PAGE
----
How to write a funeral speech

Writing and delivering a funeral speech, or eulogy, for a deceased loved one is likely one of the most moving and emotionally challenging acts of your life.

How to write a funeral speech: the content

Before you begin to write a funeral speech, ask the deceased’s family and other loved ones to tell you about them. Funny stories, fond memories, their achievements and dreams – all of these will be great material for your eulogy and give you a broader perspective on the person you are eulogising.

Consider the faith of the deceased and their family. Christian and humanist funeral services both incorporate eulogies, but their content will likely be very different. For instance a Christian funeral speech might emphasise the fact that the deceased is now in a better place.

How to write a funeral speech: the tone

Getting the right tone is essential when thinking about how to write a funeral speech. Think about the person that they were – if they were

known for their great sense of humour, be funny. If they were more serious, your eulogy should reflect that.

A eulogy is a speech of praise, but no one is perfect and it can seem oddly tasteless to present an idealised version of a dead loved one rather than writing about them as they really were – portraying them as someone their friends and family may not recognise.

woman delivers an emotional speech at the funeral of a loved one
woman delivers an emotional speech at the funeral of a loved one

Of course you don’t want to speak ill of the dead and that’s not what this is about. But a gentle reminder of the deceased’s endearing flaws will give your eulogy a sense of reality. You want your audience to smile in recognition of the unique person the deceased was, right down to their tone-deaf singing in the shower.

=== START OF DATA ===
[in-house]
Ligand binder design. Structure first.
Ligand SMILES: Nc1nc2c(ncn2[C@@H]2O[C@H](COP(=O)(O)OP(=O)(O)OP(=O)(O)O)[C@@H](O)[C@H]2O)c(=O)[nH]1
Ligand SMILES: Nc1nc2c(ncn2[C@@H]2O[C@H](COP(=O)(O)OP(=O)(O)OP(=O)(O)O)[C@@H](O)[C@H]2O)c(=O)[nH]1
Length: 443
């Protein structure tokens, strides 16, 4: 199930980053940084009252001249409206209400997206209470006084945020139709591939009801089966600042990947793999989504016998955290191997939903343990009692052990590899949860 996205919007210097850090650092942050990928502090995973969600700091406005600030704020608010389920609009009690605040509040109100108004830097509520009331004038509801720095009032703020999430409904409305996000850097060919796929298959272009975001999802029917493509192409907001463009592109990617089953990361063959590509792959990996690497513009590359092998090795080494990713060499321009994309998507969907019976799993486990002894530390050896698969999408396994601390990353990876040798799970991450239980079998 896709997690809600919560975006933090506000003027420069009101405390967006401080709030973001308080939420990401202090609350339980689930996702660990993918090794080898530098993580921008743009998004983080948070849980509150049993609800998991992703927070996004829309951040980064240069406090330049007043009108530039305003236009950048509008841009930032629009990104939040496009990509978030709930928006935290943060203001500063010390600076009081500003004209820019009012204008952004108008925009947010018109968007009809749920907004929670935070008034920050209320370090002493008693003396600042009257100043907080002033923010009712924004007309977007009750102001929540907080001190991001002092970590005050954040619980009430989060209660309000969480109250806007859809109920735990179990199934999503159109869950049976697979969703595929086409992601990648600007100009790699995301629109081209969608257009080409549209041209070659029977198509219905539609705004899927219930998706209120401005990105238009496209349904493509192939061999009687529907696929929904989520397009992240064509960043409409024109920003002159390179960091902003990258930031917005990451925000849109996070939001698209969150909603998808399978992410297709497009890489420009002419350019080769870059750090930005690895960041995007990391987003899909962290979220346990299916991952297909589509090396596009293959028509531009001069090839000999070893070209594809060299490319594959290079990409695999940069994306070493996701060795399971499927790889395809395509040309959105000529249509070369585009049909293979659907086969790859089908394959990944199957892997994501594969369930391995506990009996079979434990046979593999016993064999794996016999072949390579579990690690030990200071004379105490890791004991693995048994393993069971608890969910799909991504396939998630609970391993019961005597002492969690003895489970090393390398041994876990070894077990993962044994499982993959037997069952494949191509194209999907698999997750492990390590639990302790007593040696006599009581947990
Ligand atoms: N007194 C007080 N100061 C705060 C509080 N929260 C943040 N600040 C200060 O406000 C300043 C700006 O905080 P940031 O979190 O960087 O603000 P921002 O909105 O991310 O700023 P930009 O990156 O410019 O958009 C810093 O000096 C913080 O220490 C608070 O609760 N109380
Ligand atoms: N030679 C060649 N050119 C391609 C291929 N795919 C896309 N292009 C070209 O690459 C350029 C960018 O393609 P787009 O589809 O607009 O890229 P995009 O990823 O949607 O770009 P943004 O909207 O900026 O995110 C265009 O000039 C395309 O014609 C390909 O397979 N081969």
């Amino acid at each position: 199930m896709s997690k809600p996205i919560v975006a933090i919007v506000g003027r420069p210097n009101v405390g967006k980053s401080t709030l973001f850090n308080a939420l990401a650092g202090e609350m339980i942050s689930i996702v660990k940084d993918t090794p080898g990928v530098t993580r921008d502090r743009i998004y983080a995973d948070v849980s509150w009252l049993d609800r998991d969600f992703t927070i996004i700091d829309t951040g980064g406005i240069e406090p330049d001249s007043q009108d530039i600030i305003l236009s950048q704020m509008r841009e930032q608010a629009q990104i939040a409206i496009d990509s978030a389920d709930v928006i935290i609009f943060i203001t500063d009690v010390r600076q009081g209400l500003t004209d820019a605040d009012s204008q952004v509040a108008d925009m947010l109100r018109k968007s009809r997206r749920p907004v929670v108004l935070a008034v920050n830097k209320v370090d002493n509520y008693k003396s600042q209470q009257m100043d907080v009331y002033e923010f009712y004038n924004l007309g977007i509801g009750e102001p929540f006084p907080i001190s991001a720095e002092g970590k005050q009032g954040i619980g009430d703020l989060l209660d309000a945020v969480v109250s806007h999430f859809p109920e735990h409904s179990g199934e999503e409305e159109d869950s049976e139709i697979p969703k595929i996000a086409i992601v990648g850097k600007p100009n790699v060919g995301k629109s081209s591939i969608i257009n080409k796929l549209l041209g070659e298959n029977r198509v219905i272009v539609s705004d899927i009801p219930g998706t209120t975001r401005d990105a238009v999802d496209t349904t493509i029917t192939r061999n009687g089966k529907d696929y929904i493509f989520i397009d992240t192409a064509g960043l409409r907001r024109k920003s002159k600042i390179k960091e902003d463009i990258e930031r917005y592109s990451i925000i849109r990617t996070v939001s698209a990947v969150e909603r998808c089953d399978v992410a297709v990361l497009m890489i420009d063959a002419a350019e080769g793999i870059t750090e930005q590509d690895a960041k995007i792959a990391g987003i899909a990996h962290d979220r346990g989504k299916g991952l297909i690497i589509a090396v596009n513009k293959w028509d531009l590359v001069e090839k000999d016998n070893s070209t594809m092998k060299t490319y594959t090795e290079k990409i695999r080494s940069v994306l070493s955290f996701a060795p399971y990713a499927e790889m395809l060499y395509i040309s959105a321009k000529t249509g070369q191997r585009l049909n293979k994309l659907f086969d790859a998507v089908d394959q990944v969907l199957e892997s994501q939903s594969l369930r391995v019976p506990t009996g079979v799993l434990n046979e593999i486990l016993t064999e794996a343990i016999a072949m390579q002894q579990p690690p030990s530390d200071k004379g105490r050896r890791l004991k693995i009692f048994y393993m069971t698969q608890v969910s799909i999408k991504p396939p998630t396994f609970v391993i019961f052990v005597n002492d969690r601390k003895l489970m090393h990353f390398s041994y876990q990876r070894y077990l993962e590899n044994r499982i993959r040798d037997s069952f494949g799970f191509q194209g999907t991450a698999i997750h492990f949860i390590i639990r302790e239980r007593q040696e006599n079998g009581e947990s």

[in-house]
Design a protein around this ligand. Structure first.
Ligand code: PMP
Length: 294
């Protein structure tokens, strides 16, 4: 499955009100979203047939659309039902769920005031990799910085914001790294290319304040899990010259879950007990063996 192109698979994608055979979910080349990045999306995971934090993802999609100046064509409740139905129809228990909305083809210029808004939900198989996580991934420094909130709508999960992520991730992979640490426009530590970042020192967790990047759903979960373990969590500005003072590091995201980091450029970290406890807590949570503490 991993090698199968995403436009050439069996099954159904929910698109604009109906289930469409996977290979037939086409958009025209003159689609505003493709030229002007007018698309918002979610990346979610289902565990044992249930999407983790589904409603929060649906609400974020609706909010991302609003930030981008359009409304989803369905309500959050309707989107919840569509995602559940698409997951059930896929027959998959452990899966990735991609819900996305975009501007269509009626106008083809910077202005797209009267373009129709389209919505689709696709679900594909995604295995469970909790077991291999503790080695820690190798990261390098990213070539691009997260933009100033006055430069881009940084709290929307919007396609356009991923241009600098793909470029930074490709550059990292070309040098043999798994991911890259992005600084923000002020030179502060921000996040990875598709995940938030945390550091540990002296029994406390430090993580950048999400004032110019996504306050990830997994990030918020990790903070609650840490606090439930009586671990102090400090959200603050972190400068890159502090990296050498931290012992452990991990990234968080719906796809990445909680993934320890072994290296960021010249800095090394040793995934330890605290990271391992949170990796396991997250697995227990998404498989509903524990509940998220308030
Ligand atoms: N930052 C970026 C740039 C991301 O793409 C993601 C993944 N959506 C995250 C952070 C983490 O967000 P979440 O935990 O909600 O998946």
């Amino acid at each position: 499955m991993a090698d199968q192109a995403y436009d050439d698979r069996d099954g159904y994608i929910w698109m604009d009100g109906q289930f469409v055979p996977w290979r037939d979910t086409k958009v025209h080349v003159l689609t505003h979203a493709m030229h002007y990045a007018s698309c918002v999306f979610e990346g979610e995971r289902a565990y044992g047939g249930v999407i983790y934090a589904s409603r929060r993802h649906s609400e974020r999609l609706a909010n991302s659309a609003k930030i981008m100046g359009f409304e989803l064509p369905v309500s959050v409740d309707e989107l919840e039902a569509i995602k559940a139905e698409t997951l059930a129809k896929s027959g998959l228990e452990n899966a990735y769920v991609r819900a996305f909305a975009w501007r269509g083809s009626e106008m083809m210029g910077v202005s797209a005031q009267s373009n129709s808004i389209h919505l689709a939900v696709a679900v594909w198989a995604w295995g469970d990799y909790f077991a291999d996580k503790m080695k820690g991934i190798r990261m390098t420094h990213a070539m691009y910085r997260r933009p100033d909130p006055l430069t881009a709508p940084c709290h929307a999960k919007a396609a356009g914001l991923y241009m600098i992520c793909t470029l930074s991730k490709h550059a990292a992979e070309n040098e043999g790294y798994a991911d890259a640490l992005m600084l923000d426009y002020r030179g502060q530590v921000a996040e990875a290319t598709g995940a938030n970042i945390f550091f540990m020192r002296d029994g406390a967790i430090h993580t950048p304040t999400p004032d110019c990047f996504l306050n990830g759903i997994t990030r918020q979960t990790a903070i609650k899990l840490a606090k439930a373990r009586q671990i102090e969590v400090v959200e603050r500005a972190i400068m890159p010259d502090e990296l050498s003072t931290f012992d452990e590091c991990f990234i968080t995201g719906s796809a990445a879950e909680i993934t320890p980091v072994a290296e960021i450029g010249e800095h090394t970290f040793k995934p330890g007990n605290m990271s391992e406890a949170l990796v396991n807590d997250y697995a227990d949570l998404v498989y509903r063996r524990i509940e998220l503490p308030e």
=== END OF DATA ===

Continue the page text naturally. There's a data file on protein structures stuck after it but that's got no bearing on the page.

How to write a funeral speech: the ending

A funeral speech discusses the ending of a life, and it can be hard to know how to end a eulogy. Generally though, it is good to conclude on a hopeful note, rather than a sad one.

Give your audience a final detail to remember the deceased – an anecdote that reflects who they were, one last memory of the friend or relative that they have lost to take away with them when they go.

How to write a funeral speech: the delivery

So you’ve written a brilliant eulogy. But how to make your delivery live up to it?

As ever when preparing to speak in public, practice is key to improve your delivery and iron out any stumbling points. Familiarity with the eulogy is vital. If you are very familiar with the piece that you are reading, you will be able to put more emotion into it rather than struggling with the words.

Read the speech beforehand in private to find out which points make you stop and struggle. Change them so that the speech reads more fluidly if necessary. Remember that words may flow well on the page but sound awkward or stilted when you try to read them. When considering how to write a funeral speech, think about how it will sound rather than how it will read and edit it accordingly.

When the time comes to perform your funeral speech, speak slowly. If you are not used to public speaking, nerves can lead you to rush. Your audience may miss parts and the moving words you have written will lose their impact.

Fortunately, there are several tricks to help with this. Pay attention to punctuation. When you come to a full stop, pause and count three beats inside your head. When you come to a comma, count one beat. This will naturally help you to reduce your pace.

Make sure that you have a glass of water ready for when you read. Anxiety can give you a dry mouth, and taking a sip of water can also provide a much-needed break if you are overwhelmed or the speed of your writing is creeping up. Remember to breath deeply, both to slow your reading and to help you stay calm.

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